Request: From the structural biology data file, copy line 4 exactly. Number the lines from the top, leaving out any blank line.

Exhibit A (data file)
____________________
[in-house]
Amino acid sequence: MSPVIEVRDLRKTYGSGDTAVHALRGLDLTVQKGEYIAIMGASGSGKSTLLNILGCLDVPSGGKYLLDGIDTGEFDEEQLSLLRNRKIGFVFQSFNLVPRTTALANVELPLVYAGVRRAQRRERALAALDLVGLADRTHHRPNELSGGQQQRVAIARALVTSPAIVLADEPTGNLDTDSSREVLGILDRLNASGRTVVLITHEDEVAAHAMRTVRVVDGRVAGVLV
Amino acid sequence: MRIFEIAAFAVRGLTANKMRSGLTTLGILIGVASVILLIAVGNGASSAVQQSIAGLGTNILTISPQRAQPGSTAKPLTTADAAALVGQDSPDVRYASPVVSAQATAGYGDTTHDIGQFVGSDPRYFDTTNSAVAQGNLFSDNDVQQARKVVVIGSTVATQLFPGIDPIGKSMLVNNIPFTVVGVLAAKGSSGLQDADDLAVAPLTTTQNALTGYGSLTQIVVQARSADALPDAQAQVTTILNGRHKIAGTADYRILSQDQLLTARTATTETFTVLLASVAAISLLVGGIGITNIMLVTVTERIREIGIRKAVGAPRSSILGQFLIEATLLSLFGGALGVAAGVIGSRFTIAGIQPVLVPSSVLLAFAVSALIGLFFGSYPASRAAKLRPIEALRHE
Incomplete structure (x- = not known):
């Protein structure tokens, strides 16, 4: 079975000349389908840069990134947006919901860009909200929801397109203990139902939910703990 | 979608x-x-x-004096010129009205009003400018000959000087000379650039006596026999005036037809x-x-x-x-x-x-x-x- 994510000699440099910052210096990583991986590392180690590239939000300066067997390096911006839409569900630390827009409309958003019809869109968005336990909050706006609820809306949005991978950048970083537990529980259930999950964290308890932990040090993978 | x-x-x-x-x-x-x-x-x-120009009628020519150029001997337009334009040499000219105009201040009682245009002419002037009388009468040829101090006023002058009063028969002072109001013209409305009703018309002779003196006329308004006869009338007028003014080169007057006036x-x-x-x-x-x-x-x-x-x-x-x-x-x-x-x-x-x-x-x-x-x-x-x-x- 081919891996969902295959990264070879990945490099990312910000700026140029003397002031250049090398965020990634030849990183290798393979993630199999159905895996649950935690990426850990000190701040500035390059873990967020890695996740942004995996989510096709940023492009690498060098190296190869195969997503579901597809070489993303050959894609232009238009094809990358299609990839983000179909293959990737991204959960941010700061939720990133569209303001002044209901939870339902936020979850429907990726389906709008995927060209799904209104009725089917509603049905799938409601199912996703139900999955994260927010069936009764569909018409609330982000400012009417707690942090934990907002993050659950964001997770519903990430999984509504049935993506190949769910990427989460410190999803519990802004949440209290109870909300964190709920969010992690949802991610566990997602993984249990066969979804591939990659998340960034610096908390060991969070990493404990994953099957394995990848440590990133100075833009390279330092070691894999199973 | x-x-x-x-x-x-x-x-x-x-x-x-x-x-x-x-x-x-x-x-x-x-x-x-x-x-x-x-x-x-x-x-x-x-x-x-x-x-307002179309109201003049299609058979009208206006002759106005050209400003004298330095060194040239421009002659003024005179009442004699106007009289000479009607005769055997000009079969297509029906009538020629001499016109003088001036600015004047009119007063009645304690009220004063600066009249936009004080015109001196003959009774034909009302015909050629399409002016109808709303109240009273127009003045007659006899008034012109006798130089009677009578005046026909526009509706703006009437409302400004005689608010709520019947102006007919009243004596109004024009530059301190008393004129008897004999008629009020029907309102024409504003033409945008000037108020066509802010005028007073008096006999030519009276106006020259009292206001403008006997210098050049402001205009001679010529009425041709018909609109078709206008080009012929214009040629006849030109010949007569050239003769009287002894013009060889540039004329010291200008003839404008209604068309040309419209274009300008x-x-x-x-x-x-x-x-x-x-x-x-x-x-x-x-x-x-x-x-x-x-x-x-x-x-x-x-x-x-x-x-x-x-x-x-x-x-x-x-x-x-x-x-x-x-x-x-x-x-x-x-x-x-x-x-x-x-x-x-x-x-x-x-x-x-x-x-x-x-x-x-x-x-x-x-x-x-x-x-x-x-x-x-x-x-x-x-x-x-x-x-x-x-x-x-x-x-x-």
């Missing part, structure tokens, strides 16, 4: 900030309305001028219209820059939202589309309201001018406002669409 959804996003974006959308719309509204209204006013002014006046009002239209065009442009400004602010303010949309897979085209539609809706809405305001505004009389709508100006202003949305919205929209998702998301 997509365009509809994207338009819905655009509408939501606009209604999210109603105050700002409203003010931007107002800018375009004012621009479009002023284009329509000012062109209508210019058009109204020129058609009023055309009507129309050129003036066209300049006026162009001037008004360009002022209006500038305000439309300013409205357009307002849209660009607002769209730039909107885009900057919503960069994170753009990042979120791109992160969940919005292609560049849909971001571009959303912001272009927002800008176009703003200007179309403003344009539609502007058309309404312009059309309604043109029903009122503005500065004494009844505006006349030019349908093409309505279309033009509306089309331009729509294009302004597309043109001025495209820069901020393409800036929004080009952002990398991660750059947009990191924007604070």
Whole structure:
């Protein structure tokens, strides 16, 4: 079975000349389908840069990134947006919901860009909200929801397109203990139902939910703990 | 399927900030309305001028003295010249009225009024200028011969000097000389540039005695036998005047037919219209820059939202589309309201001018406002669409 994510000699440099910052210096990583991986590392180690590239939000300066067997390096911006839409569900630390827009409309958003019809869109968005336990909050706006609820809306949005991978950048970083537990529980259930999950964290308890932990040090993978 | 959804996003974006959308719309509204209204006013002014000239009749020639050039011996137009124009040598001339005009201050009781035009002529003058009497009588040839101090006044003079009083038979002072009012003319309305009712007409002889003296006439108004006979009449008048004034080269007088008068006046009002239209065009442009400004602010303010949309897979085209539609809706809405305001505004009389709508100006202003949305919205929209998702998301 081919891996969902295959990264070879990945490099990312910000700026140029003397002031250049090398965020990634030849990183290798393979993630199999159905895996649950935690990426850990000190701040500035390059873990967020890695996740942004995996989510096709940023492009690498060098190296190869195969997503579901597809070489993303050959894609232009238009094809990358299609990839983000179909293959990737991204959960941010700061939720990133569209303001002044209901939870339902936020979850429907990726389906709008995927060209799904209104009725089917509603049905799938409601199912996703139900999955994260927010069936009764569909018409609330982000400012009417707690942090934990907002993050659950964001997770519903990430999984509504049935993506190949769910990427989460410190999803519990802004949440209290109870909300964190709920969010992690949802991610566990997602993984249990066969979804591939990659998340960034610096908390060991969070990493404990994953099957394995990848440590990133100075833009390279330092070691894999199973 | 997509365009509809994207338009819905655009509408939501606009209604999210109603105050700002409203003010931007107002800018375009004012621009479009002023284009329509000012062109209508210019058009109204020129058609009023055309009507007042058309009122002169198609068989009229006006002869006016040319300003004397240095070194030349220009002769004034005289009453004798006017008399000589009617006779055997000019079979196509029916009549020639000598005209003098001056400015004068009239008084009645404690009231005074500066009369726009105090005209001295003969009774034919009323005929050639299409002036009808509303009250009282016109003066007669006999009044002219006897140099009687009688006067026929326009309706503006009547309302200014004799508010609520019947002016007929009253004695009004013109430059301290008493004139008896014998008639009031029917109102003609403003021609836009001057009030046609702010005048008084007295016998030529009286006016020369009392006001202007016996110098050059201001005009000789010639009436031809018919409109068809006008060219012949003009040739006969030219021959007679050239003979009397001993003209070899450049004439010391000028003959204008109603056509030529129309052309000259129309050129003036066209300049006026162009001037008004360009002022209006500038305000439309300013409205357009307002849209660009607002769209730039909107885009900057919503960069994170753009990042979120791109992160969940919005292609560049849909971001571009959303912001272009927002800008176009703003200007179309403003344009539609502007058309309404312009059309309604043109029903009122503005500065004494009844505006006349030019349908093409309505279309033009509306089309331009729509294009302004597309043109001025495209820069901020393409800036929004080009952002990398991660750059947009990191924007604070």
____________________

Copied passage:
Incomplete structure (x- = not known):